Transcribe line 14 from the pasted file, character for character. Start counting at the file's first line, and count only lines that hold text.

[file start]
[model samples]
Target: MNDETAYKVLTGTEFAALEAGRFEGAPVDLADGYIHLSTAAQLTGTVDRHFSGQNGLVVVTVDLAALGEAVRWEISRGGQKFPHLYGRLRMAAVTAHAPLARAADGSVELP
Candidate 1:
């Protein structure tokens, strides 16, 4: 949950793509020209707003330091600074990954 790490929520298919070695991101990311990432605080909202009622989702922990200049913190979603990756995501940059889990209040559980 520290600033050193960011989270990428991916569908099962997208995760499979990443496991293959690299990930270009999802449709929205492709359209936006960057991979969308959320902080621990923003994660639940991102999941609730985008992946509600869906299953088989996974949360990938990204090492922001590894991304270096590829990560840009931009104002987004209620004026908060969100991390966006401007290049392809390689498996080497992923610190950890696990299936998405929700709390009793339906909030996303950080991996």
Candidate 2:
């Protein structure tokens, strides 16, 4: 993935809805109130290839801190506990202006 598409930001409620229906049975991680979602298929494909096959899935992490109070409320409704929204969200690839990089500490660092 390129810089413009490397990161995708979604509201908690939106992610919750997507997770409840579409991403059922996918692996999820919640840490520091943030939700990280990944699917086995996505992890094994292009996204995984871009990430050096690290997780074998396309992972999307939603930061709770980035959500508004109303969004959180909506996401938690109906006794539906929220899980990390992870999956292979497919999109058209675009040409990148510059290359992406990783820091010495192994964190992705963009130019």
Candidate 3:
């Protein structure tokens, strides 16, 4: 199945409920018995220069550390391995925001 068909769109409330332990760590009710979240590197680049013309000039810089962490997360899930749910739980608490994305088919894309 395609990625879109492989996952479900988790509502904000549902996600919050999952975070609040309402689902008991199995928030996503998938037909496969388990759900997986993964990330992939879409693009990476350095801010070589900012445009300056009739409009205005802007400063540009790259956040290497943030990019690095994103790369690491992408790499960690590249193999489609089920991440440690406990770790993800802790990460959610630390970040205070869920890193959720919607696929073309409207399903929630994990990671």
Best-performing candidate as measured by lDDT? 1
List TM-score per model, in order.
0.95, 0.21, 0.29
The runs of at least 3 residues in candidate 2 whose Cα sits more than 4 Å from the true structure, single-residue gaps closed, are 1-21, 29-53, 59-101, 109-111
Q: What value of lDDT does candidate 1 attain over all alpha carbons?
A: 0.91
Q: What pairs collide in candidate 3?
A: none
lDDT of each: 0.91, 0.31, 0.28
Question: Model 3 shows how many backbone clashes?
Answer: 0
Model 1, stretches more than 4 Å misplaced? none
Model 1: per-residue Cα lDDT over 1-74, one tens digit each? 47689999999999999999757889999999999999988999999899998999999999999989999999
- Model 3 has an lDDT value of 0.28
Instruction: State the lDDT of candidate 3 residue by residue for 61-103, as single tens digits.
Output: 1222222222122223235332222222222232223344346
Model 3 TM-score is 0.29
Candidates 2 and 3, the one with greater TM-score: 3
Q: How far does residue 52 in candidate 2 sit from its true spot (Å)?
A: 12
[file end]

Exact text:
A: 0.91